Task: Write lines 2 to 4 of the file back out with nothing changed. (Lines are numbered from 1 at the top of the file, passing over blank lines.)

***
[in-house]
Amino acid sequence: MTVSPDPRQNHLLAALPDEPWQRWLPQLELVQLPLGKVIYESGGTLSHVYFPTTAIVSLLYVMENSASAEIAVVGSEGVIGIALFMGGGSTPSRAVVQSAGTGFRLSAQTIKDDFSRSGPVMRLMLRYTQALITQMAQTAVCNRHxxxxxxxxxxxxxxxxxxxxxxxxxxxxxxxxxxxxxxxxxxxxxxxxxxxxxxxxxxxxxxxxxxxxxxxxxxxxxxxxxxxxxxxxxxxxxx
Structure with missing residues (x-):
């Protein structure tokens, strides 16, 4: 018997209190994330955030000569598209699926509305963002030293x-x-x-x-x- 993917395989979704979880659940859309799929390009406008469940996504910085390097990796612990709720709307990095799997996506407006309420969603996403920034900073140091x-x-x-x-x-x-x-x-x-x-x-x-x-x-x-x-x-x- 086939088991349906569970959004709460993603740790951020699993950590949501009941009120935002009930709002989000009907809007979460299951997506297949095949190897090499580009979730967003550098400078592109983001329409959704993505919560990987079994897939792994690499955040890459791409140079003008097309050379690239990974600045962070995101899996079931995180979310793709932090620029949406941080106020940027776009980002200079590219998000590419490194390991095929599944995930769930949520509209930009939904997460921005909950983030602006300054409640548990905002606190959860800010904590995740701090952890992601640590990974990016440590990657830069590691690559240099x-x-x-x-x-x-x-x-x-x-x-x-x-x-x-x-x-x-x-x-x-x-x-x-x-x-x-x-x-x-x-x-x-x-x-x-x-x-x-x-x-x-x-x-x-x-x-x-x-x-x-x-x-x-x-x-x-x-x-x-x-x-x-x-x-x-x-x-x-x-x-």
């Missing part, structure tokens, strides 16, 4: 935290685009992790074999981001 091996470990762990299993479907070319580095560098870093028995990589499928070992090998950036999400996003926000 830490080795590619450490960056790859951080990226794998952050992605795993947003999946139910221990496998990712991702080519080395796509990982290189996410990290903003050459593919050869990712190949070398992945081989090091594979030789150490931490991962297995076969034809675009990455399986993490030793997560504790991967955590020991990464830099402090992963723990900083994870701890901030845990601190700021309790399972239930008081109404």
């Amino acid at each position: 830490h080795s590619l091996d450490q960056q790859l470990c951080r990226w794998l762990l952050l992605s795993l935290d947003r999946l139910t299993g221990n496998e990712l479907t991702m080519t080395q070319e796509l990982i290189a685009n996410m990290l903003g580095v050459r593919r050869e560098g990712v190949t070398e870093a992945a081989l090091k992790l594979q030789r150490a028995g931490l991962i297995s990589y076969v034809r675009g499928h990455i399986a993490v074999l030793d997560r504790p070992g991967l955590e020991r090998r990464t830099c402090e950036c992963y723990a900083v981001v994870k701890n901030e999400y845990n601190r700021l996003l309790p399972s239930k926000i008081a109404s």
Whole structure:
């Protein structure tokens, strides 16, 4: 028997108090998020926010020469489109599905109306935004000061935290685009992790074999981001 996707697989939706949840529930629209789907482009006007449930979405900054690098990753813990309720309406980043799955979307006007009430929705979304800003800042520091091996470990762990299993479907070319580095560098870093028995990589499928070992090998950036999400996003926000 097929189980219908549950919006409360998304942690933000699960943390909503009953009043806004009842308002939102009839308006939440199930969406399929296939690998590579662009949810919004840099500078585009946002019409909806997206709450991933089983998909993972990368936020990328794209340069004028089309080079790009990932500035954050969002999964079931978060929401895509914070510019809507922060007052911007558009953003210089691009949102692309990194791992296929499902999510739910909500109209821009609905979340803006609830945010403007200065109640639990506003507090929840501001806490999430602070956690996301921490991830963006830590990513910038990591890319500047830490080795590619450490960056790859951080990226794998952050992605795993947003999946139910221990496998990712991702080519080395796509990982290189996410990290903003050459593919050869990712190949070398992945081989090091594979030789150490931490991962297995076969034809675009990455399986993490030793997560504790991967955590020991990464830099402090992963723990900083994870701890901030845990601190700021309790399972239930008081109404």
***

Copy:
Amino acid sequence: MTVSPDPRQNHLLAALPDEPWQRWLPQLELVQLPLGKVIYESGGTLSHVYFPTTAIVSLLYVMENSASAEIAVVGSEGVIGIALFMGGGSTPSRAVVQSAGTGFRLSAQTIKDDFSRSGPVMRLMLRYTQALITQMAQTAVCNRHxxxxxxxxxxxxxxxxxxxxxxxxxxxxxxxxxxxxxxxxxxxxxxxxxxxxxxxxxxxxxxxxxxxxxxxxxxxxxxxxxxxxxxxxxxxxxx
Structure with missing residues (x-):
């Protein structure tokens, strides 16, 4: 018997209190994330955030000569598209699926509305963002030293x-x-x-x-x- 993917395989979704979880659940859309799929390009406008469940996504910085390097990796612990709720709307990095799997996506407006309420969603996403920034900073140091x-x-x-x-x-x-x-x-x-x-x-x-x-x-x-x-x-x- 086939088991349906569970959004709460993603740790951020699993950590949501009941009120935002009930709002989000009907809007979460299951997506297949095949190897090499580009979730967003550098400078592109983001329409959704993505919560990987079994897939792994690499955040890459791409140079003008097309050379690239990974600045962070995101899996079931995180979310793709932090620029949406941080106020940027776009980002200079590219998000590419490194390991095929599944995930769930949520509209930009939904997460921005909950983030602006300054409640548990905002606190959860800010904590995740701090952890992601640590990974990016440590990657830069590691690559240099x-x-x-x-x-x-x-x-x-x-x-x-x-x-x-x-x-x-x-x-x-x-x-x-x-x-x-x-x-x-x-x-x-x-x-x-x-x-x-x-x-x-x-x-x-x-x-x-x-x-x-x-x-x-x-x-x-x-x-x-x-x-x-x-x-x-x-x-x-x-x-």